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THIS WEEK IN CHURCH HISTORY

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150 years ago

The Prophet Joseph Smith and his brother, Hyrum, were placed under arrest and charged with treason on June 25, 1844, after surrendering themselves to Constable David Bettisworth in Carthage, Ill., according to History of the Church 6:561.

Illinois Gov. Thomas Ford was in Carthage at the time of the arrest, and had been made aware of the murderous intentions of mobbers, including the Carthage Greys, and apostates.

According to the account: "The governor . . . had pledged his own faith and the faith of the state of Illinois, that the Smiths and other persons should be protected from personal violence, and should have a fair and impartial trial, if they would surrender themselves to be dealt with according to law."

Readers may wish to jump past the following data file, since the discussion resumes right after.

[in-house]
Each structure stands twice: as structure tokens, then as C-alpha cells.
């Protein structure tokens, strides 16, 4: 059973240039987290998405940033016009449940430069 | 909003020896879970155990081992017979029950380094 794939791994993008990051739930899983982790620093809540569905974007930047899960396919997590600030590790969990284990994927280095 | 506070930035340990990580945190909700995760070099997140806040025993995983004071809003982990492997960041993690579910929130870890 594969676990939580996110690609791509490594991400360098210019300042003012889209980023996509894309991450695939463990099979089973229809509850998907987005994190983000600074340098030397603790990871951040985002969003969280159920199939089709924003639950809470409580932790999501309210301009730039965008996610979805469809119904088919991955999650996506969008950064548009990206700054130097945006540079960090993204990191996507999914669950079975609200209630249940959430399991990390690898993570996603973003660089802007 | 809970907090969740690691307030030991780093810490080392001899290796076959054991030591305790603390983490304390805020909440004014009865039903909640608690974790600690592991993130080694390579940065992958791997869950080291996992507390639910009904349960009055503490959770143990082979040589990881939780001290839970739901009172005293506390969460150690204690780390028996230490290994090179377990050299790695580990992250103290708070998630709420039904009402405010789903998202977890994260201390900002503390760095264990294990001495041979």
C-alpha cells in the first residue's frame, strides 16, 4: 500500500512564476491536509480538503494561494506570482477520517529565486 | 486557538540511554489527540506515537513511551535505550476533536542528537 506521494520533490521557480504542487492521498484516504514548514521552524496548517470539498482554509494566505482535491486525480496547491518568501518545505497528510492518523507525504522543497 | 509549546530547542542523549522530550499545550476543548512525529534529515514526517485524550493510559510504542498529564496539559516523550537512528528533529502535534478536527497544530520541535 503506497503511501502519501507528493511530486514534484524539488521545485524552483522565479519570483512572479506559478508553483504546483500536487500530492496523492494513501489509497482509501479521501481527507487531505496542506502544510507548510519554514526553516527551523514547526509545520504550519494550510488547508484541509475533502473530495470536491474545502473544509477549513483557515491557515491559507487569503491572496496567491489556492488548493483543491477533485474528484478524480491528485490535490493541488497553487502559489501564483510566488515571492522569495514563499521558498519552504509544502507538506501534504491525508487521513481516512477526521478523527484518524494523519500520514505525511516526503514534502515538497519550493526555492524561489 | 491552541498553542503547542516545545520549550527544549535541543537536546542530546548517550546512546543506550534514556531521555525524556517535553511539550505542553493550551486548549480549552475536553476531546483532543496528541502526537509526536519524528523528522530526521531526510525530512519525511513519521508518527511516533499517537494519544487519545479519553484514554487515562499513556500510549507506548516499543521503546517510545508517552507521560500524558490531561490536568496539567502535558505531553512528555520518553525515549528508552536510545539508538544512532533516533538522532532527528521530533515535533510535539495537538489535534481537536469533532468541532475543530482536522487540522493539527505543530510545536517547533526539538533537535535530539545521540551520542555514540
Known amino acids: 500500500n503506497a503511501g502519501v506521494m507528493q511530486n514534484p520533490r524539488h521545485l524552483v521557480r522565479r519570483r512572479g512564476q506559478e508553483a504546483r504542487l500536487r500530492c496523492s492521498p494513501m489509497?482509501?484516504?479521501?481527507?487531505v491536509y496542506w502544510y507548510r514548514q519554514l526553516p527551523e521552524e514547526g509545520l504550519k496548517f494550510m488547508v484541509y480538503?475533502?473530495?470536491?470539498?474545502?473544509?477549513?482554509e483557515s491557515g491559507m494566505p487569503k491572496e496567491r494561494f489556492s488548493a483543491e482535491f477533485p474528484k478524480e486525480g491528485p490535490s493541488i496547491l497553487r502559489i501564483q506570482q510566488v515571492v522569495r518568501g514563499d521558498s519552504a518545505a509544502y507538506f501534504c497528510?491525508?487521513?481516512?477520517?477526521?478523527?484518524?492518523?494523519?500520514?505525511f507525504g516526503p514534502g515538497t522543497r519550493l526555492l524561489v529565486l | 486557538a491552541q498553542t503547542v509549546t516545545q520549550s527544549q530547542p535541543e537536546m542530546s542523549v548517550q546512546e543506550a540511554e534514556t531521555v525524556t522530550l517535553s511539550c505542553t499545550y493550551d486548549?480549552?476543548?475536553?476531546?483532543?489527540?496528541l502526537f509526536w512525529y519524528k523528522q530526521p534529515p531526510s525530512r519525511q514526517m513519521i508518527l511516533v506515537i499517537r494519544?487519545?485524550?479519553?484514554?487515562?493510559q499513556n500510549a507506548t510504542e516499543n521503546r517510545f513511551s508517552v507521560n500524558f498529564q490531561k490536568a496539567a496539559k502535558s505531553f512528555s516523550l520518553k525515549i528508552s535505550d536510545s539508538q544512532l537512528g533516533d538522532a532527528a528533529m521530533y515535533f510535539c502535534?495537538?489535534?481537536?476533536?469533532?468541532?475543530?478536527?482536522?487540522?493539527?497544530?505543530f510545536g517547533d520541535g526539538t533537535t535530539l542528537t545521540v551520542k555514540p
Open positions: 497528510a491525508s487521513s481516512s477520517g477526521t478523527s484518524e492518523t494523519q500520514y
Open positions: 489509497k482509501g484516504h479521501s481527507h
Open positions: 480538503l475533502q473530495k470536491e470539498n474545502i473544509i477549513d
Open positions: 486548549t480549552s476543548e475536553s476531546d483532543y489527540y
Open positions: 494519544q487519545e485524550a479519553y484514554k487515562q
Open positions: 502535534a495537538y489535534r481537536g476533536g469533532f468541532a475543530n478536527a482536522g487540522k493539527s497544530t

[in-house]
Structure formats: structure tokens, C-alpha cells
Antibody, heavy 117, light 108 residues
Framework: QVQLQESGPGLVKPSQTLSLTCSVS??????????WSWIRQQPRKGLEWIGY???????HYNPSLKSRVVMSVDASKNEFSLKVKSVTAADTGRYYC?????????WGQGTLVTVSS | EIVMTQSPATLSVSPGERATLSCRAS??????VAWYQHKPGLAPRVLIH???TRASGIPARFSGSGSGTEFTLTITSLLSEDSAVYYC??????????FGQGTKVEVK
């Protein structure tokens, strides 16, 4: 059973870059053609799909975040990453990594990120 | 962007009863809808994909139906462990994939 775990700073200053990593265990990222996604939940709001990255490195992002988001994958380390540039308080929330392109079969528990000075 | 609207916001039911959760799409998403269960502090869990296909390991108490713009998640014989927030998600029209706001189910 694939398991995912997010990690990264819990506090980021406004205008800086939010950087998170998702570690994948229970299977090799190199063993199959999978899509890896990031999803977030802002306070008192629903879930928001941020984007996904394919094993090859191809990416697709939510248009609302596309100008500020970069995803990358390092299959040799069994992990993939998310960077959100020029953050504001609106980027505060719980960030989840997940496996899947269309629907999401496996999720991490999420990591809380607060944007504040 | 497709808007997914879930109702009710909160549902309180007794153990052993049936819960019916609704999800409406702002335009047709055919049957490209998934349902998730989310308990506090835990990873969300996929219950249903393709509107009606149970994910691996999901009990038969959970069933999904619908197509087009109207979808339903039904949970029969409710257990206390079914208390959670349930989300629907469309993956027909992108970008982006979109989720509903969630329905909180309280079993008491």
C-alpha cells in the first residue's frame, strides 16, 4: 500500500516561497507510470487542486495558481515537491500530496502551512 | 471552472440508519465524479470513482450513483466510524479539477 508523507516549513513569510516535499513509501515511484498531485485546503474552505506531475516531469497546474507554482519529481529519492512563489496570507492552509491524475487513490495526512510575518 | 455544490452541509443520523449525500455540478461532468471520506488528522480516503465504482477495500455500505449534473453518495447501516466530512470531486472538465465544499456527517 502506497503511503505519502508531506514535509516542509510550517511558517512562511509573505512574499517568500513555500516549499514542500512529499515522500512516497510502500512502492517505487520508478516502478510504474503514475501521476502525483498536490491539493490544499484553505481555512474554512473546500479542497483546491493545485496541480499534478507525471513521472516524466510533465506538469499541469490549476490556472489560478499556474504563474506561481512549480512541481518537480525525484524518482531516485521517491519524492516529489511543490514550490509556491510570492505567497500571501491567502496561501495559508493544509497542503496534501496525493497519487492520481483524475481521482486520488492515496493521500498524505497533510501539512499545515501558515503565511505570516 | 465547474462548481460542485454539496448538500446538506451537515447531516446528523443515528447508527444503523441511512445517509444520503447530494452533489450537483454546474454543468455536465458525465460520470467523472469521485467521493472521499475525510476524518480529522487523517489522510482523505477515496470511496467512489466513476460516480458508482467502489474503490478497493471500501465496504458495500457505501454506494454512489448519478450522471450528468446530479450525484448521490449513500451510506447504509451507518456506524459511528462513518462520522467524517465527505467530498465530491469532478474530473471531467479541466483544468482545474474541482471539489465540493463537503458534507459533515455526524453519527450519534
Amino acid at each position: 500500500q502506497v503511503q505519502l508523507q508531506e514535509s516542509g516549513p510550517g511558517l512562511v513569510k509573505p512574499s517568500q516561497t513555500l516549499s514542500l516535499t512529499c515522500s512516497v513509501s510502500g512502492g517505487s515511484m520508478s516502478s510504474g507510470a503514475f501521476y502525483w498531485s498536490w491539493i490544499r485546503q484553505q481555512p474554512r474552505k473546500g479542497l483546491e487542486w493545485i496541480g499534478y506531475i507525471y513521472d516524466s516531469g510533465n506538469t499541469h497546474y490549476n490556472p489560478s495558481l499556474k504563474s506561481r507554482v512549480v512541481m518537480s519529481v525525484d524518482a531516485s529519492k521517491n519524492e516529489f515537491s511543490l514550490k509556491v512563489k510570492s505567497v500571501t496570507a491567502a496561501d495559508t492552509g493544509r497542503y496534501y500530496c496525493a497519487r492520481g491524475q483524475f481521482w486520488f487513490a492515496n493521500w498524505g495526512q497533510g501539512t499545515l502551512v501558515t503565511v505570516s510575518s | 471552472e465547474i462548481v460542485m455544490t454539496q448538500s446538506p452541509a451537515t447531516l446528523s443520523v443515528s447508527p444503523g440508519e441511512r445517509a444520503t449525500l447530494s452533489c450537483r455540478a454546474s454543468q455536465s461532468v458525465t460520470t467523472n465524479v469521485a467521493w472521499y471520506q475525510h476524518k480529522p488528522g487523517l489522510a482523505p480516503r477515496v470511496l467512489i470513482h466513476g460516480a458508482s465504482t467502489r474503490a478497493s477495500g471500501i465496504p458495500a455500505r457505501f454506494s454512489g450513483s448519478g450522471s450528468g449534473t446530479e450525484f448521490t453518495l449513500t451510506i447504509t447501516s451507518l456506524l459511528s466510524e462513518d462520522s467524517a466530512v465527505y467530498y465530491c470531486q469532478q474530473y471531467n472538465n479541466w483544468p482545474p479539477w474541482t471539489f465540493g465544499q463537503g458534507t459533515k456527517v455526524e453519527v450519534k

After the surrender of the Prophet and Hyrum, the governor called all the troops together and ordered them to form a hollow square on the public ground near the courthouse. He then addressed them "in a most inflammatory manner, exciting the feelings of indignation against Generals Joseph and Hyrum Smith which were already burning in their breasts, occasioned by the falsehoods and misrepresentations that were in circulation, giving his assent and sanction to the rumors that had gathered them together, and stating that although they were dangerous men in the community, and guilty of all that they might have alleged against them, still they were in the hands of the law, which must have its course."

He then led Joseph and Hyrum as they walked through the troops, which had requested a clear view of the two brothers.

Quote from the past

"Now, our business is to live this religion, to learn further of the ways of God, and to do His will in all things." - Elder Charles W. Penrose, in an address given April 25, 1880, in the Assembly Hall on Temple Square.